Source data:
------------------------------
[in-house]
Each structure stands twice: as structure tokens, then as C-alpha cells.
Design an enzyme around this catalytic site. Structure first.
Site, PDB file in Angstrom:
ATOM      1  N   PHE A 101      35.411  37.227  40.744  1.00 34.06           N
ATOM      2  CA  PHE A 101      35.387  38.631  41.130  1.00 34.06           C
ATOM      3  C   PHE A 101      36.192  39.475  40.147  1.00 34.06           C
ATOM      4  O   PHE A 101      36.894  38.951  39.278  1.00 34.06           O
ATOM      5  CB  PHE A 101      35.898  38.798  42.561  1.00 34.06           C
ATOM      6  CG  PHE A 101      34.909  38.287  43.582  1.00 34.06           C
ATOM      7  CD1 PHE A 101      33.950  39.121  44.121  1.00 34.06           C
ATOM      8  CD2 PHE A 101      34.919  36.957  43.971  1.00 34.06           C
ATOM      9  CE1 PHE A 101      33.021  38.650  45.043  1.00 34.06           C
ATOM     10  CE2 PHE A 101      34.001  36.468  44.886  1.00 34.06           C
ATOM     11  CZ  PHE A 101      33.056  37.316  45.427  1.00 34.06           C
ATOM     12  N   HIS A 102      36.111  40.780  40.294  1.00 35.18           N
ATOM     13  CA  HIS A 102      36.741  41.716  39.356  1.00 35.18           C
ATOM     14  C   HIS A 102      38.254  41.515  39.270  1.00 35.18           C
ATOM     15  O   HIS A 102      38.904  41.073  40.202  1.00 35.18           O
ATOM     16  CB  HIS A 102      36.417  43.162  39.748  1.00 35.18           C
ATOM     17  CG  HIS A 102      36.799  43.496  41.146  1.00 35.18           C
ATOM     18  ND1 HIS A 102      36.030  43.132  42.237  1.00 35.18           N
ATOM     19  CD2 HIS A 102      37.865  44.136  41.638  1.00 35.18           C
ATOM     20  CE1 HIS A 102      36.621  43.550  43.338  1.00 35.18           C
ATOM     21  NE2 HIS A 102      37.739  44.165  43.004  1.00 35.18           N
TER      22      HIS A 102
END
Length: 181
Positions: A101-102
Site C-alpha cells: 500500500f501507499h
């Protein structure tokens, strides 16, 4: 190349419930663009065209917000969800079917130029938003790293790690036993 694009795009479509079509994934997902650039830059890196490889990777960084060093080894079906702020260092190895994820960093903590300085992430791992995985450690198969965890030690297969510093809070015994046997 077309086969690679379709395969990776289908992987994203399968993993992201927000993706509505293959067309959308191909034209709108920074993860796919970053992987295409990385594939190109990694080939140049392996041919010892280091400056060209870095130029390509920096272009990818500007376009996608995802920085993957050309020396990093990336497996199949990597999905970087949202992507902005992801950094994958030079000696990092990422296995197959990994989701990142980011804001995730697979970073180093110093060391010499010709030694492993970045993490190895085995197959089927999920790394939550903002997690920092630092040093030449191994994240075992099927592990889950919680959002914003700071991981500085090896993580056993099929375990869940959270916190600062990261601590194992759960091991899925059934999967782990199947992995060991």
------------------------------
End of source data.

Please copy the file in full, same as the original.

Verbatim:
[in-house]
Each structure stands twice: as structure tokens, then as C-alpha cells.
Design an enzyme around this catalytic site. Structure first.
Site, PDB file in Angstrom:
ATOM      1  N   PHE A 101      35.411  37.227  40.744  1.00 34.06           N
ATOM      2  CA  PHE A 101      35.387  38.631  41.130  1.00 34.06           C
ATOM      3  C   PHE A 101      36.192  39.475  40.147  1.00 34.06           C
ATOM      4  O   PHE A 101      36.894  38.951  39.278  1.00 34.06           O
ATOM      5  CB  PHE A 101      35.898  38.798  42.561  1.00 34.06           C
ATOM      6  CG  PHE A 101      34.909  38.287  43.582  1.00 34.06           C
ATOM      7  CD1 PHE A 101      33.950  39.121  44.121  1.00 34.06           C
ATOM      8  CD2 PHE A 101      34.919  36.957  43.971  1.00 34.06           C
ATOM      9  CE1 PHE A 101      33.021  38.650  45.043  1.00 34.06           C
ATOM     10  CE2 PHE A 101      34.001  36.468  44.886  1.00 34.06           C
ATOM     11  CZ  PHE A 101      33.056  37.316  45.427  1.00 34.06           C
ATOM     12  N   HIS A 102      36.111  40.780  40.294  1.00 35.18           N
ATOM     13  CA  HIS A 102      36.741  41.716  39.356  1.00 35.18           C
ATOM     14  C   HIS A 102      38.254  41.515  39.270  1.00 35.18           C
ATOM     15  O   HIS A 102      38.904  41.073  40.202  1.00 35.18           O
ATOM     16  CB  HIS A 102      36.417  43.162  39.748  1.00 35.18           C
ATOM     17  CG  HIS A 102      36.799  43.496  41.146  1.00 35.18           C
ATOM     18  ND1 HIS A 102      36.030  43.132  42.237  1.00 35.18           N
ATOM     19  CD2 HIS A 102      37.865  44.136  41.638  1.00 35.18           C
ATOM     20  CE1 HIS A 102      36.621  43.550  43.338  1.00 35.18           C
ATOM     21  NE2 HIS A 102      37.739  44.165  43.004  1.00 35.18           N
TER      22      HIS A 102
END
Length: 181
Positions: A101-102
Site C-alpha cells: 500500500f501507499h
């Protein structure tokens, strides 16, 4: 190349419930663009065209917000969800079917130029938003790293790690036993 694009795009479509079509994934997902650039830059890196490889990777960084060093080894079906702020260092190895994820960093903590300085992430791992995985450690198969965890030690297969510093809070015994046997 077309086969690679379709395969990776289908992987994203399968993993992201927000993706509505293959067309959308191909034209709108920074993860796919970053992987295409990385594939190109990694080939140049392996041919010892280091400056060209870095130029390509920096272009990818500007376009996608995802920085993957050309020396990093990336497996199949990597999905970087949202992507902005992801950094994958030079000696990092990422296995197959990994989701990142980011804001995730697979970073180093110093060391010499010709030694492993970045993490190895085995197959089927999920790394939550903002997690920092630092040093030449191994994240075992099927592990889950919680959002914003700071991981500085090896993580056993099929375990869940959270916190600062990261601590194992759960091991899925059934999967782990199947992995060991």